Creating value: Social Media or Forums?

After reading the “How brand community practices create value” article this week, my mind went immediately to the Whirlpool Forums. I think all 12 value creating practices can be found in some shape or form on those forums, particularly Welcoming and Documenting. Similarly I am sure there are some forums for niche audiences, such as Dance.net which is a forum I was part of when I was much younger. Other users could give out “Karma” to other users for giving good advice, and the more Karma you had the more trusted your opinion, similar to Badging.

Trying to think about a time when I’ve seen these types of value creating practices happening on a brand page through Facebook however is a little harder. Particularly in the company I work for, there is little comradery through the Facebook page but nowhere near the level discussed in the article, which makes me wonder if this actually happens on mainstream social media or if it is more common on forums? Maybe consumers see a brands social media page as something the brand owns, not the users? Maybe it only happens for B2C brands and less so B2B?

http://img12.deviantart.net/d7cf/i/2004/303/b/c/think_linux_by_shekharpalash.jpg

I did have a bit of an issue with one aspect of the paper. While I completely agree that ‘ceding control to customers enhances consumer engagement and builds brand equity’ I took issue with the Managerial Implication that firms should allow consumers to tweak the brand logos to suit their needs. I think it sounds like an off the cuff remark that no one really thought about before including in the paper.

Branding is a huge part of creating a brand image and lettings consumers both recognise you and understand who you are. Allowing people to change your logo makes the brand image unclear. You’d have to be really confident that everyone knows your brand well enough that if someone changes the logo for their own needs, people will still know who the brand is and the brand story. Companies like Apple and Microsoft could probably get away with that but for smaller companies I think it is terrible advice.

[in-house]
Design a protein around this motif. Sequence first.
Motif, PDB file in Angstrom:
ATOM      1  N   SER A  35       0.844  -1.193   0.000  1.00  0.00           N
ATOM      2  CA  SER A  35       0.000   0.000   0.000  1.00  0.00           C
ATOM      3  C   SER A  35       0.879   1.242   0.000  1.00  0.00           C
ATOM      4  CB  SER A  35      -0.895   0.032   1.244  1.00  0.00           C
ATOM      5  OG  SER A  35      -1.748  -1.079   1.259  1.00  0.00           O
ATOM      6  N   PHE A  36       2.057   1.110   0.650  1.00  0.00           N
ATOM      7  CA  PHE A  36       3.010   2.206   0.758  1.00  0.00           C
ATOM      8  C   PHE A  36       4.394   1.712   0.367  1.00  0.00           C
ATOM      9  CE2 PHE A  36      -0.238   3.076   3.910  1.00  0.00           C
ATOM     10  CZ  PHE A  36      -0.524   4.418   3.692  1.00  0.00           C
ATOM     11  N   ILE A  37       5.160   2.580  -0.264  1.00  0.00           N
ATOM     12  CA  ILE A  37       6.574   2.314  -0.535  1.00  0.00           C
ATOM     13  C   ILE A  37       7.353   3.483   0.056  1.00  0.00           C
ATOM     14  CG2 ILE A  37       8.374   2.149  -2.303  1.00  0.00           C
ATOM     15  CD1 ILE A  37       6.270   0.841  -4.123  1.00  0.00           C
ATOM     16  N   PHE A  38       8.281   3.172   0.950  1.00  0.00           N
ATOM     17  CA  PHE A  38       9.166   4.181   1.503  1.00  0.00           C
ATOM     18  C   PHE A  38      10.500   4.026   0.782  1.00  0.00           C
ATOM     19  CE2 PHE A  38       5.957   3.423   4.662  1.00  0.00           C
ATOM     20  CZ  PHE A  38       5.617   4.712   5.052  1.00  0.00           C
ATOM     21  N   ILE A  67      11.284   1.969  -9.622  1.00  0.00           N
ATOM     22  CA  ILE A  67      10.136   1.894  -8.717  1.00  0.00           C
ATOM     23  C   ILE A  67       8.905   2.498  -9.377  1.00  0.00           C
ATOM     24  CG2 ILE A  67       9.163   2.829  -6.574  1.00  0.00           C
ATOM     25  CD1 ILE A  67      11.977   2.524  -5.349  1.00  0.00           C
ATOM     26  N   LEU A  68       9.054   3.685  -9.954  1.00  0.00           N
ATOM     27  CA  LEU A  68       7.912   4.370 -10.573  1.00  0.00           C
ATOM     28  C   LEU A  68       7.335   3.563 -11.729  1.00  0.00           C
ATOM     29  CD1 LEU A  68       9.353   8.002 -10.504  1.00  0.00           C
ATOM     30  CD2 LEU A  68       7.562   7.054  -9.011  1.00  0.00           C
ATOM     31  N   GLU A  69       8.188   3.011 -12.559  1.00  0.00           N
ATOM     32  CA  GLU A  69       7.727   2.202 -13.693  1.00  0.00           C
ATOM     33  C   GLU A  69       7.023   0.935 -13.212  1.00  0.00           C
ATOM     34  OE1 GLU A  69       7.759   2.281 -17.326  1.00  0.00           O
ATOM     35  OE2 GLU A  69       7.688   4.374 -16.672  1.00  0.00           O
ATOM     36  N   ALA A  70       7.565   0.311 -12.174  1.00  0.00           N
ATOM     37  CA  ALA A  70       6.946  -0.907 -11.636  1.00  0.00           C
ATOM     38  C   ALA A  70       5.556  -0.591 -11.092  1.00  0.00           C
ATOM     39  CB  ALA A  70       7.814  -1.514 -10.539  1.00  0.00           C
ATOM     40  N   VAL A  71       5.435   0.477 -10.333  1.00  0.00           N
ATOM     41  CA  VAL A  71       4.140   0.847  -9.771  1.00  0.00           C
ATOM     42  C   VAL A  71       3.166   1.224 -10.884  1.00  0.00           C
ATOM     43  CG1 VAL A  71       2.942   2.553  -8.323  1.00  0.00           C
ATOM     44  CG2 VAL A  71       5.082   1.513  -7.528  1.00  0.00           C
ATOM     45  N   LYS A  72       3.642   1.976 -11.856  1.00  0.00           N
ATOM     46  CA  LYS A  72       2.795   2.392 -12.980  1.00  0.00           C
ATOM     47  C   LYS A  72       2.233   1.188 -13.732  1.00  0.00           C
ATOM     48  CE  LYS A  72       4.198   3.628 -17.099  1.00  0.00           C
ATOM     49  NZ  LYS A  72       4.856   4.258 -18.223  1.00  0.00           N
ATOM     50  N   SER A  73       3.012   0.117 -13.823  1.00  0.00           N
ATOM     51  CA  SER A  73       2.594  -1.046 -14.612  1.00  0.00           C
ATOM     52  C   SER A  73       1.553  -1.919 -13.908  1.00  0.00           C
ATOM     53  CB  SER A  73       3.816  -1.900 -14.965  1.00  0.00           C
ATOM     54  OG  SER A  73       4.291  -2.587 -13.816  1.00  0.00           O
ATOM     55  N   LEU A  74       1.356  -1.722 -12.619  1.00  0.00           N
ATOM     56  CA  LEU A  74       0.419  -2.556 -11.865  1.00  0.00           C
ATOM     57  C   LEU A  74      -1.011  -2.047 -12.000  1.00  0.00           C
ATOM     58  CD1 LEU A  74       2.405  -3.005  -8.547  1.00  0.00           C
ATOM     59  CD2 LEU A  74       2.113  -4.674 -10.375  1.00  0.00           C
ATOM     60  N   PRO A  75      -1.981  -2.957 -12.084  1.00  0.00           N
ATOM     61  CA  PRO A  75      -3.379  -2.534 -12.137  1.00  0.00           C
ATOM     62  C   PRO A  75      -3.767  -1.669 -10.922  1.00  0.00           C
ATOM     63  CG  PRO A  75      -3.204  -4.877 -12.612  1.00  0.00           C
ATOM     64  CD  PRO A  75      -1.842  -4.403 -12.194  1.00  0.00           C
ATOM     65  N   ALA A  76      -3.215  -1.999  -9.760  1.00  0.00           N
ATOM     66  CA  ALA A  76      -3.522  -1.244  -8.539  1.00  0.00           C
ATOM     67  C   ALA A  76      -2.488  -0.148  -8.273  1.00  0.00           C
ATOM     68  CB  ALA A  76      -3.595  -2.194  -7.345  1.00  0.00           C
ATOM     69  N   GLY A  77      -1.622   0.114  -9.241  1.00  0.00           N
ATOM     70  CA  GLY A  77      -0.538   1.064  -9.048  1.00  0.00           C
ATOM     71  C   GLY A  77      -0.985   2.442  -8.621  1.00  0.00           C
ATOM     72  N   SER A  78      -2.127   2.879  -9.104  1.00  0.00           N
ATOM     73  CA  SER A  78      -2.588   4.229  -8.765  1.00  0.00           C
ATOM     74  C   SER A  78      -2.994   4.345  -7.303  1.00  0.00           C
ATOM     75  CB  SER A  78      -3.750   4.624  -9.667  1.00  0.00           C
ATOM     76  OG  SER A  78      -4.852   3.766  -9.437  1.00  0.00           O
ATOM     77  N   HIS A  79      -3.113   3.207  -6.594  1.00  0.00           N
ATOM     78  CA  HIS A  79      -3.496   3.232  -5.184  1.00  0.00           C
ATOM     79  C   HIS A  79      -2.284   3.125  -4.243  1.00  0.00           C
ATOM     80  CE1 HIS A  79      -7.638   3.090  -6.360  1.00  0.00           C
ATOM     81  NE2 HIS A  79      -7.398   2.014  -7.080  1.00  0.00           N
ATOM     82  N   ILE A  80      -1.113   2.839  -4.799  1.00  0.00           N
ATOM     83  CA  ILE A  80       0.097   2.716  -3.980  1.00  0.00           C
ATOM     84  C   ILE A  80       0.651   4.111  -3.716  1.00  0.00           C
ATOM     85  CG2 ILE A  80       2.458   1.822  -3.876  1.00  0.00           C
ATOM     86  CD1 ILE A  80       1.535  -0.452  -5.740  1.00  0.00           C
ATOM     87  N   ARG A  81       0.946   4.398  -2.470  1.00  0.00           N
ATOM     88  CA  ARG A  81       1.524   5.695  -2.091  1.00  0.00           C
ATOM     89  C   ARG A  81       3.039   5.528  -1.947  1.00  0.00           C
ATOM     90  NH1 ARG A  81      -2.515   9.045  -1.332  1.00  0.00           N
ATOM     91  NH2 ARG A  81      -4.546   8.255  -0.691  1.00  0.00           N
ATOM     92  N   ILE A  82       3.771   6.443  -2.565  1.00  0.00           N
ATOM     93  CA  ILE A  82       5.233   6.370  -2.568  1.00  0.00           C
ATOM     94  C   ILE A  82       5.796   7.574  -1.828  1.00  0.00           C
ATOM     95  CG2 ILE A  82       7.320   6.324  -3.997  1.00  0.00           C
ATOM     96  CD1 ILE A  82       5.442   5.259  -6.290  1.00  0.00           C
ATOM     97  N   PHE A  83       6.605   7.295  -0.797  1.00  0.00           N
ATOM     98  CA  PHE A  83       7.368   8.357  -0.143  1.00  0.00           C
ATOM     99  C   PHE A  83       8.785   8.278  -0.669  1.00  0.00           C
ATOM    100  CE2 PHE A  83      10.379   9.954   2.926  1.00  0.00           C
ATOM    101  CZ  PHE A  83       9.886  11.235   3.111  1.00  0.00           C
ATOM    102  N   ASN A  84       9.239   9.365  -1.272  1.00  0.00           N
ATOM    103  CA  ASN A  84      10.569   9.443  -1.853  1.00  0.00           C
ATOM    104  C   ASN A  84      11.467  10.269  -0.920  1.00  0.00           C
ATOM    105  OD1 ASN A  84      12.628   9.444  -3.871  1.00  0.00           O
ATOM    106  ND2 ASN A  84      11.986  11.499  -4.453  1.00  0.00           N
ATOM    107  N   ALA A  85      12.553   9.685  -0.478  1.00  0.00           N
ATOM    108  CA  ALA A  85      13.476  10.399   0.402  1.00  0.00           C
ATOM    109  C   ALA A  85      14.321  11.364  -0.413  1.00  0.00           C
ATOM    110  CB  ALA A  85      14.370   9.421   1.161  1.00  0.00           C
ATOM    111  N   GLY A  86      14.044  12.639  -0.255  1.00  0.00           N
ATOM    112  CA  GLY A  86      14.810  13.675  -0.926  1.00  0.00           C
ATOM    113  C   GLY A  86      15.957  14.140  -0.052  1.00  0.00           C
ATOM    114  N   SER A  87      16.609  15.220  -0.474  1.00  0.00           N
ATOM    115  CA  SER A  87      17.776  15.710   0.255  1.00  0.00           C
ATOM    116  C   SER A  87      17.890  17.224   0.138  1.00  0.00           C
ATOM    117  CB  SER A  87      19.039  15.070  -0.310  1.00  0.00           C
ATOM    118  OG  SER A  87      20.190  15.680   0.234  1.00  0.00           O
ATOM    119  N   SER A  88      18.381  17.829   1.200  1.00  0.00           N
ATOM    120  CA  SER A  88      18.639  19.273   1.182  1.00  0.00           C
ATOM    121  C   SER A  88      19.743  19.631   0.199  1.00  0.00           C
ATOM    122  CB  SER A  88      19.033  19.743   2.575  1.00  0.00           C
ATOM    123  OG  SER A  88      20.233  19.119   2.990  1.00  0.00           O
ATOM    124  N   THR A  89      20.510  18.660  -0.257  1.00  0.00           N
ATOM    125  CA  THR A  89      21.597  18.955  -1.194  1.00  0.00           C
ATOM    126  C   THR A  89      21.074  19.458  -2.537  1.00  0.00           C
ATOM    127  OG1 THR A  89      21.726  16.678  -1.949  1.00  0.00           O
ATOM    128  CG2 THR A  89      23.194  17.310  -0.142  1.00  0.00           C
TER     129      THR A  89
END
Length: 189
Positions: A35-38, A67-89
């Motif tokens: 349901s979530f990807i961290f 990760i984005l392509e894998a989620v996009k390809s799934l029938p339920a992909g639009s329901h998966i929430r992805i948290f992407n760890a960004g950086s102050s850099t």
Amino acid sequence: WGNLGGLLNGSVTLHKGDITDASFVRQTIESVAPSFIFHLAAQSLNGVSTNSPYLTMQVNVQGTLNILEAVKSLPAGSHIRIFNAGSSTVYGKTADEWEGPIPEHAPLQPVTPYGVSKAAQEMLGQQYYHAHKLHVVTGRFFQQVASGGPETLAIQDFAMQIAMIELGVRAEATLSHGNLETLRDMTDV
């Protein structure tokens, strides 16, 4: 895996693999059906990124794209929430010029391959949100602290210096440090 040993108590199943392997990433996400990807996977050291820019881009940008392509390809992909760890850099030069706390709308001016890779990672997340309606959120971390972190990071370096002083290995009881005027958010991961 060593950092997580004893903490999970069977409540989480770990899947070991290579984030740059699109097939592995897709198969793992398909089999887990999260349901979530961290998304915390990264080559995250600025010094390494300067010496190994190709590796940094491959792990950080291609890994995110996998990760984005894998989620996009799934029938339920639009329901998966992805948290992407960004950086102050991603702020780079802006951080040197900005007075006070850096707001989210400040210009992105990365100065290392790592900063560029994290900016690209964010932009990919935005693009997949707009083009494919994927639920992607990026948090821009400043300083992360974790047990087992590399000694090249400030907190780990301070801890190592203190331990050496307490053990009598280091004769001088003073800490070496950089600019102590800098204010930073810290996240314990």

7 thoughts on “Creating value: Social Media or Forums?

  1. Nana Osei-Tutu Afriyie-Agyemang

    Awesome post Blaire!
    I definitely agree with brand co-creation through mainstream social media being difficult for brands. From a consumer’s perspective I think that forums are a far better place for co-creation with consumers over mainstream social media platforms such as Facebook. For me at least I prefer forums because they are more anonymous than Facebook. If I discuss something on a brand’s Facebook page, my friends might see it and start to judge me for what I have posted or for simply being passionate about a brand, whereas on a forum its only me and people who are enthusiasts like me who are likely to see what I post. It also works the other way in that I feel protected if I get into a bit of a keyboard war with someone with an opposing view. On Facebook and other mainstream social media platforms anyone can click on my profile and turn a bit of banter between opposing views into a real personal and aggressive attack. I’ve seen it on pages where two people have a disagreement and all of a sudden one person is talking about how really personal information of the other person which has nothing to do with the argument at hand.

    Do you think that brands could benefit from making forums on their own brand websites where they can be more involved with brand co-creation or do you think they should rely on independent forums such as whirlpool and be more of a fly on the wall?

  2. Blaire Post author

    Thanks for commenting!
    I think a bit both would work well, but if brands truly wanted to see what people really thought about their products/services, they should take the fly on the wall approach on independent forums. Like you said about wanting to remain anonymous through forums, I think people like the protection also of not complaining directly to a brand, but to other people about the brand.

    I’ve also noticed that sometimes (particularly on Whirlpool) a brand representative will comment in a forum in reply to a complaint. I assume you are part of a forum from your comments, have you ever posted a complaint about a product? and would you ever consider doing it on Facebook?
    It’s also possible that people such as yourself (and myself) won’t post through known social media because we have already experienced being anomalous on other platforms and don’t want to loose the security blanket of it?

    1. Stephanie (Hongying) Lu

      I definitely agree with you on this. If i actually want to file a complain, i would’ve gone directly to the brand’s website or made a phone call. Personally, i would feel kinda being watched if a brand representative all of a sudden commented underneath. Wise way would be just watch and learn .

  3. Andy--Xiaobin Yang